Information on foreign adoptions / international adoptions

On the one hand, international adoptions are adoptions that are not carried out in Germany, but in which the Adoption of a child abroad abroad by adoptive parents living in Germany. On the other hand, these are also adoptions in which a child is brought to Germany from abroad in order to be adopted here.

Firstly, the Hague Convention on Protection of Children and Co-operation in Respect of Intercountry Adoption ("Hague Adoption Convention") is important here.

The member states of this convention have agreed on certain standards and procedures for international adoptions. This should also ensure that the central adoption centres, which are responsible for supporting and arranging intercountry adoptions in Germany, are involved in intercountry adoption proceedings in good time.

The central adoption centres advise and support the prospective parents / parents willing to adopt and also prepare reports on suitability for adoption for the foreign adoption authorities. For every international adoption procedure, the Adoption Placement Act requires the involvement of the central adoption agencies or a recognised placement agency in Germany.

In the case of third countries that have not ratified the Hague Adoption Convention, the involvement of the competent adoption agencies in Germany is not guaranteed. This leads to particular difficulties when recognising foreign adoptions in Germany if the adoptive parents themselves have not involved a recognised placement agency in Germany at an early stage.

While adoption decisions between the member states of the Hague Convention are automatically recognised, this is not the case for decisions from third countries. These must always first be declared effective through a recognition procedure in Germany.
The Adoption Effectiveness Act was amended on 01.04.2021. According to the now applicable Section 4 AdWirkG, a foreign adoption decision is not recognised if the adoption was carried out without an international adoption mediation in accordance with the Adoption Mediation Act. Recognition can then only be granted if it is to be expected that a parent-child relationship will develop between the adopter and the child and the adoption is necessary for the child's welfare.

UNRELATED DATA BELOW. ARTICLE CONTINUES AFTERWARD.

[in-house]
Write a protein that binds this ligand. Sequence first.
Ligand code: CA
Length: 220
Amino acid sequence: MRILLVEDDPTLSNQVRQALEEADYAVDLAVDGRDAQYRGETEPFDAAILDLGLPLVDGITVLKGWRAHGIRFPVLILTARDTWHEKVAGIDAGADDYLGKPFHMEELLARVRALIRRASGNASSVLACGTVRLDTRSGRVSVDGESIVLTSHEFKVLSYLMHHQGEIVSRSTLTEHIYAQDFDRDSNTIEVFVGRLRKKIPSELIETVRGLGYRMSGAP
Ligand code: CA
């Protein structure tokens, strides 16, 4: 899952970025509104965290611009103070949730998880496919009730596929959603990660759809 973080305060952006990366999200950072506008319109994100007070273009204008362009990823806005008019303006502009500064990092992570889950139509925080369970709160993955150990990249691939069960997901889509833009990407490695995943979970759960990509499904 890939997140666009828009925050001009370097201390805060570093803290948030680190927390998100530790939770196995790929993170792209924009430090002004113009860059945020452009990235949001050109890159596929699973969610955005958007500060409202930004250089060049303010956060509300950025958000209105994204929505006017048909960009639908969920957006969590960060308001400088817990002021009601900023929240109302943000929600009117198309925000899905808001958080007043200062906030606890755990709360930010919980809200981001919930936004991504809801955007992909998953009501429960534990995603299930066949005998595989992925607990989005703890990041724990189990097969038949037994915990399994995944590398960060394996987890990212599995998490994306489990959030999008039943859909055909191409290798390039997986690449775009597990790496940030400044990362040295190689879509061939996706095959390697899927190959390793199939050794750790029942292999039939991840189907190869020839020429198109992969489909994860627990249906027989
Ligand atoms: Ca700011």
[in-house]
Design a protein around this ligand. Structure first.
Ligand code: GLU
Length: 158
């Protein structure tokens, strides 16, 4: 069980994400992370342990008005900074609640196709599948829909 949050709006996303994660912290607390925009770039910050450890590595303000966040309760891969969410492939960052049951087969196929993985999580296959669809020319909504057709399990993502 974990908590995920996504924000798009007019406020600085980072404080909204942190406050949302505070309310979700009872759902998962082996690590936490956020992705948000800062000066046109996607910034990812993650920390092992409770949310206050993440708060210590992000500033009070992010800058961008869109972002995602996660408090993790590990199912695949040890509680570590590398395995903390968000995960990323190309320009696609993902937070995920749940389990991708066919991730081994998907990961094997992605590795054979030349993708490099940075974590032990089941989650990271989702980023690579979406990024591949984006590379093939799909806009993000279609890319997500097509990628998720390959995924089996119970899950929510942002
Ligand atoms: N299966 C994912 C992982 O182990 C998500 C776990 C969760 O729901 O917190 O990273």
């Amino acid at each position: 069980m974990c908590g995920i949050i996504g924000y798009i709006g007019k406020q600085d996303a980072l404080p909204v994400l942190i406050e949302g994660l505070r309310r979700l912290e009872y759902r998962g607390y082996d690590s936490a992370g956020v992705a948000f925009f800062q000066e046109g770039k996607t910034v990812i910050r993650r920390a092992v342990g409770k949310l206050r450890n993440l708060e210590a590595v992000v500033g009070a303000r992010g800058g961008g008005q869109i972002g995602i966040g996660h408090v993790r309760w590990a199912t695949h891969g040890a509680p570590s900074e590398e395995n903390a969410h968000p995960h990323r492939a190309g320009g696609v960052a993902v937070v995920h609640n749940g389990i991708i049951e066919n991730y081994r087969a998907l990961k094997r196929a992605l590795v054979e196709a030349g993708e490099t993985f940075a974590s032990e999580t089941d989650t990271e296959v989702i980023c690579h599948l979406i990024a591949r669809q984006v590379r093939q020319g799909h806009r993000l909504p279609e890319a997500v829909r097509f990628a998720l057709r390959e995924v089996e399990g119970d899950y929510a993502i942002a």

This therefore increases the requirements for the recognition of a foreign adoption decision and can further complicate and delay the recognition procedure.

However, this can cause particular difficulties, especially for the adopted child's entry into Germany: If an entry visa is required for the child, the adoption must usually first be recognised in Germany. This will not be possible shortly after the adoption due to the lack of a corresponding decision in Germany. The recognition procedure can take several months and it is not uncommon for the procedure to take over a year.

If the foreign adoption has been carried out properly and the competent adoption agency in Germany has been involved beforehand, it can issue the adoptive parents with a certificate in accordance with Section 2d AdVermiG stating that a proper placement has taken place and that an application for recognition of the foreign decision has been made in Germany.

According to § 7 AdWirkG, the foreign adoption decision is then provisionally recognised until the recognition procedure has been completed, unless recognition is excluded by way of exception in accordance with German regulations.

With the help of the certificate issued by the adoption placement centre, the resulting provisional recognition of the decision means that an entry permit for the adopted child can usually be obtained quickly, allowing them to enter and live together in Germany.

Since foreign adoptions are not only humanly but also legally demanding, it is advisable to obtain competent legal advice in good time before the adoption procedure begins, but at the latest before the adoption is carried out, in order to avoid mistakes that could make it difficult or even impossible for the foreign adoption to be recognised and for the adoptive child to enter the country.

Britta Schönborn

Specialist lawyer for family law

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